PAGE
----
Influence or information? Advertising & healthcare professionals
“Commercial determinants of health” are an increasing problem for both national and global public health. Along with tobacco and pharmaceutical advertising, the promotion of ‘infant formula’ milk and other breastmilk substitutes (BMS) has long been a contentious issue.
Following a high profile 2018 investigation by Dr Chris Van Tulleken, the British Medical Journal publishing group recently announced a landmark decision to stop advertising BMS. However, numerous other journals aimed at healthcare professionals continue to carry such advertisements. Some argue that these are needed to provide information, especially on specialist feeding products.
During this evening event, three speakers will outline their research on the BMS industry and its engagement with healthcare professionals. This will be followed by a panel discussion on how to ensure that healthcare professionals can have independent, evidence-based information that is needed to practice in a way that avoids commercial influence. You are all invited to join us, continuing conversations at the Pumphandle Bar afterward.
The event is open to all interested in child health, nutrition and public health.
About the speakers
Chris Van Tulleken is an infectious diseases doctor and an associate professor at UCL in the Division of Infection. Part of his research focuses on conflicts of interest. Over the last decade, together with his twin brother and fellow doctor, Xand, Chris has presented some of the BBC's flagship series about health and medicine including the BAFTA winning Operation Ouch on CBBC. Chris took the Diploma in Tropical Medicine & Hygiene at LSHTM in 2006.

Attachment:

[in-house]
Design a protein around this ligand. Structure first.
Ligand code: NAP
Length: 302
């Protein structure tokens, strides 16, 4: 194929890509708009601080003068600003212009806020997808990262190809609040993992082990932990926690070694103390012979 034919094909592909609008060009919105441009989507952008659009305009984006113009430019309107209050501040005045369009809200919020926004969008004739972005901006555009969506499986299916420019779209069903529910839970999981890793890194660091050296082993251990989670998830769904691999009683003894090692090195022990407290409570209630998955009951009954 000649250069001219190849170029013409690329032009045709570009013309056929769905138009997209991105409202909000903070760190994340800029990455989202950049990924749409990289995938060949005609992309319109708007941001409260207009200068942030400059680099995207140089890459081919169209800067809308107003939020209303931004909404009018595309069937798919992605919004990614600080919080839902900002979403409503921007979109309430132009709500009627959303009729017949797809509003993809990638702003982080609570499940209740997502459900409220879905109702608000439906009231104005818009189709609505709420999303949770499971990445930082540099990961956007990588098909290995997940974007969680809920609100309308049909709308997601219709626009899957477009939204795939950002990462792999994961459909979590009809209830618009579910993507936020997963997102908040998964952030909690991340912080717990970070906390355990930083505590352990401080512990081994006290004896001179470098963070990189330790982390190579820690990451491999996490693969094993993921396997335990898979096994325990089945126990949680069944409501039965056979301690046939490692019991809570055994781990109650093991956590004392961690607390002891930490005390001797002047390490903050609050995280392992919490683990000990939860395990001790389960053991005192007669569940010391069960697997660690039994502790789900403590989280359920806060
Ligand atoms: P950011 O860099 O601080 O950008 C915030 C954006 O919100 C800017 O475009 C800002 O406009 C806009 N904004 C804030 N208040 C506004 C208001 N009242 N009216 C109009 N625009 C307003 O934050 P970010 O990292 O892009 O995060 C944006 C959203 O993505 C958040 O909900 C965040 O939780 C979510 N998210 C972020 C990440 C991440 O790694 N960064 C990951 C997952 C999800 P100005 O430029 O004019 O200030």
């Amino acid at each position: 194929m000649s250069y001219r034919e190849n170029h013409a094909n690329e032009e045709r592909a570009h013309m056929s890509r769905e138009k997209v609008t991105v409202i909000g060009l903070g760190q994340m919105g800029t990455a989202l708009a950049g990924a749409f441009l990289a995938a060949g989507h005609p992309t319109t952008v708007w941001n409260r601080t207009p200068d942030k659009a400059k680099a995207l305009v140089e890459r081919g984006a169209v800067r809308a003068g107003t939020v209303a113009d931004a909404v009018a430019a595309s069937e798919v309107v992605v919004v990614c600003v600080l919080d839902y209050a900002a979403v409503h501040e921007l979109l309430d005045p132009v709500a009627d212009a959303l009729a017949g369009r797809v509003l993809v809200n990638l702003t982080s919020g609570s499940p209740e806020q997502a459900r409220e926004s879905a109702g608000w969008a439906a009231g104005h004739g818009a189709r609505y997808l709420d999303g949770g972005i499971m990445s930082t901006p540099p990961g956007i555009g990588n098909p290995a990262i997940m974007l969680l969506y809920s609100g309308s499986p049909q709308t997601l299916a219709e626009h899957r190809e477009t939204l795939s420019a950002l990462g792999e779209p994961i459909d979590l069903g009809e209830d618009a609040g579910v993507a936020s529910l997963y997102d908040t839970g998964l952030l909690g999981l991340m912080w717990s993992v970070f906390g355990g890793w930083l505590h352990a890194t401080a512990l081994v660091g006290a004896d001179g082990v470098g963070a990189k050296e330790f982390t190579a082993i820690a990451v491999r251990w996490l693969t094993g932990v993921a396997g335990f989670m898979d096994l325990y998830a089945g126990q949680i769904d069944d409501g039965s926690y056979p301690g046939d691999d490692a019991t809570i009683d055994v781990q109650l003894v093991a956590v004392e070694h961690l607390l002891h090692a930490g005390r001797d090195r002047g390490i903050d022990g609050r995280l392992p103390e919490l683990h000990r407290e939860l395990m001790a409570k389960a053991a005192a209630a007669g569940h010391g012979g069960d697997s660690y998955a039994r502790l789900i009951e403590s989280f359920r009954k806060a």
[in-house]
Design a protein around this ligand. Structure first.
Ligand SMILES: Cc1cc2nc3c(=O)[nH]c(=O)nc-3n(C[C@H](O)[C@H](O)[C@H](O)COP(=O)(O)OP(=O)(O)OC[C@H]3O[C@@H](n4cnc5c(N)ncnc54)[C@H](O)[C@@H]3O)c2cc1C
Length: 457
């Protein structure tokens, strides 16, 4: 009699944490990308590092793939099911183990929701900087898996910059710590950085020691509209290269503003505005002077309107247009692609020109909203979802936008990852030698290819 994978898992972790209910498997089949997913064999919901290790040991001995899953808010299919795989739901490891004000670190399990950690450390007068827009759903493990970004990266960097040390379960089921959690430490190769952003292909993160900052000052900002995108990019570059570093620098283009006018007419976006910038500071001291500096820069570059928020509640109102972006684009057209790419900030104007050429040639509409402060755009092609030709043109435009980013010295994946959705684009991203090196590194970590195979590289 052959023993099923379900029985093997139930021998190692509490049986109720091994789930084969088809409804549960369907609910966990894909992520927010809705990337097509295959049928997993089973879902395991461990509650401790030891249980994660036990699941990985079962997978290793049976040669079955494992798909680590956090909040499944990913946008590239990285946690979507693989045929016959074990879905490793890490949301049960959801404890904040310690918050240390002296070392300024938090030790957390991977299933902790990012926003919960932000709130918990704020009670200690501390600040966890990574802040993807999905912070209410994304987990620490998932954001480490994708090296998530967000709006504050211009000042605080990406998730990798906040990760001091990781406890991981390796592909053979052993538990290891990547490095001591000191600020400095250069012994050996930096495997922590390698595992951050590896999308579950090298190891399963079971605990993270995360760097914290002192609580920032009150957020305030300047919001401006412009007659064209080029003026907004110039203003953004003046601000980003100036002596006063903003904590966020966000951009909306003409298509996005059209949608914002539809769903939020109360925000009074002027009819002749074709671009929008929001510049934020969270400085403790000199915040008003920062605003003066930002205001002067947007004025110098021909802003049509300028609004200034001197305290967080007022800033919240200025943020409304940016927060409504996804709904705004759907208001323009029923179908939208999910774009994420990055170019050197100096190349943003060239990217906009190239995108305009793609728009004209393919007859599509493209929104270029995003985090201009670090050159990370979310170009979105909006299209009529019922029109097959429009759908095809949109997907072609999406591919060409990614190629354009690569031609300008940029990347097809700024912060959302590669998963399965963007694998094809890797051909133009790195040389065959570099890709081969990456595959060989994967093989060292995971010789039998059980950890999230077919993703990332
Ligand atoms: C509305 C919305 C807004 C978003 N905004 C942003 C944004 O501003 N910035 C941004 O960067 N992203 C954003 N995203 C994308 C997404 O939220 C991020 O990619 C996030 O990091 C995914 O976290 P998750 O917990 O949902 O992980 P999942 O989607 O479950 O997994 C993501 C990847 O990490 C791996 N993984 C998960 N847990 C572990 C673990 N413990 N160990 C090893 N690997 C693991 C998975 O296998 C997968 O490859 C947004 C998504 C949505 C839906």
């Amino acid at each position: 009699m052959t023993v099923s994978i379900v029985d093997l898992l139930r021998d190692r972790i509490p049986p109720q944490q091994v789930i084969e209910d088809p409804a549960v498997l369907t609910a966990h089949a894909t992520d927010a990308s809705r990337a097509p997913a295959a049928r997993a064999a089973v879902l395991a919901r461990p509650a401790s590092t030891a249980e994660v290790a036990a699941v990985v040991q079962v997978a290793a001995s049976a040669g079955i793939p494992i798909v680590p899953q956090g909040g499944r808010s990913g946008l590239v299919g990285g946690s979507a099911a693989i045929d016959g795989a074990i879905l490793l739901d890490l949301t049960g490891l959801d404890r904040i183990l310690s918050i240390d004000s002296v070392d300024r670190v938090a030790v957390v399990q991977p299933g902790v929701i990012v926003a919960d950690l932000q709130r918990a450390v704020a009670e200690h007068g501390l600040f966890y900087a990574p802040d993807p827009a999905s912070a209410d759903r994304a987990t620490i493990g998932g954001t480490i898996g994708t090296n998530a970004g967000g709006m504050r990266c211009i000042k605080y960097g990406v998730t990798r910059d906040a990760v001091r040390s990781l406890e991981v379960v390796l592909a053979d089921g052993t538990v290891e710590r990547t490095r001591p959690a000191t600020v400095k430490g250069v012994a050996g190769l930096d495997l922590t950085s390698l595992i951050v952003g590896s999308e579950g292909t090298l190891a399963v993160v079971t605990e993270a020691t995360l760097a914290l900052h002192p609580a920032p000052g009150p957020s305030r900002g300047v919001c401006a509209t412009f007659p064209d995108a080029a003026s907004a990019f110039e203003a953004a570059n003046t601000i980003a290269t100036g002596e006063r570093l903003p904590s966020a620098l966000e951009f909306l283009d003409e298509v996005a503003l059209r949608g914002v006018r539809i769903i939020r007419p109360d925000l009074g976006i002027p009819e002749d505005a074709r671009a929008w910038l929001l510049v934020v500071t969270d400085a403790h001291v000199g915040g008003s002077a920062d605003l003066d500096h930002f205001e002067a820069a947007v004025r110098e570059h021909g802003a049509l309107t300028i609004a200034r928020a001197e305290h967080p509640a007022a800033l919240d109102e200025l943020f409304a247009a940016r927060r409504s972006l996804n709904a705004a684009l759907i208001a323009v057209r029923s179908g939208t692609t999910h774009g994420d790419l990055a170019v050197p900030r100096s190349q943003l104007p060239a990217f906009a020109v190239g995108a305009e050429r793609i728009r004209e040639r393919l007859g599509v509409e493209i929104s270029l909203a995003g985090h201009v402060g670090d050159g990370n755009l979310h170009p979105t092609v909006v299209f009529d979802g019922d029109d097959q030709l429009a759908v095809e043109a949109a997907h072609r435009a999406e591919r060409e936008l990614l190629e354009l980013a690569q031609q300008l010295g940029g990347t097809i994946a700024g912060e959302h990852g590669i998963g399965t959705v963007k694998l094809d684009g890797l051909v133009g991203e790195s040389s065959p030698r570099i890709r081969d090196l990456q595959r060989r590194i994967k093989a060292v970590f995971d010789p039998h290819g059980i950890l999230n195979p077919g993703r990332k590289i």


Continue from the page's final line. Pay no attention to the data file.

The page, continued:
Natalie Hickman is a recent graduate of the MSc Nutrition for Global Health at LSHTM who has extensive experience working in infant feeding support in the UK. Her MSc research explored the prevalence of breastmilk substitute advertisements in magazines and journals aimed at UK health professionals and the extent to which they complied with WHO regulations.
Vicky Sibson is Deputy Director of First Steps Nutrition Trust, an independent public health nutrition charity that provides information and resources to support eating well from pre-conception to five years. Vicky is an LSHTM alumni who has spent most of her career working as a nutrition adviser in international NGOs, largely in humanitarian settings, where she gained a particular interest in and passion for infant and young child nutrition.
This session will be-live-streamed and recorded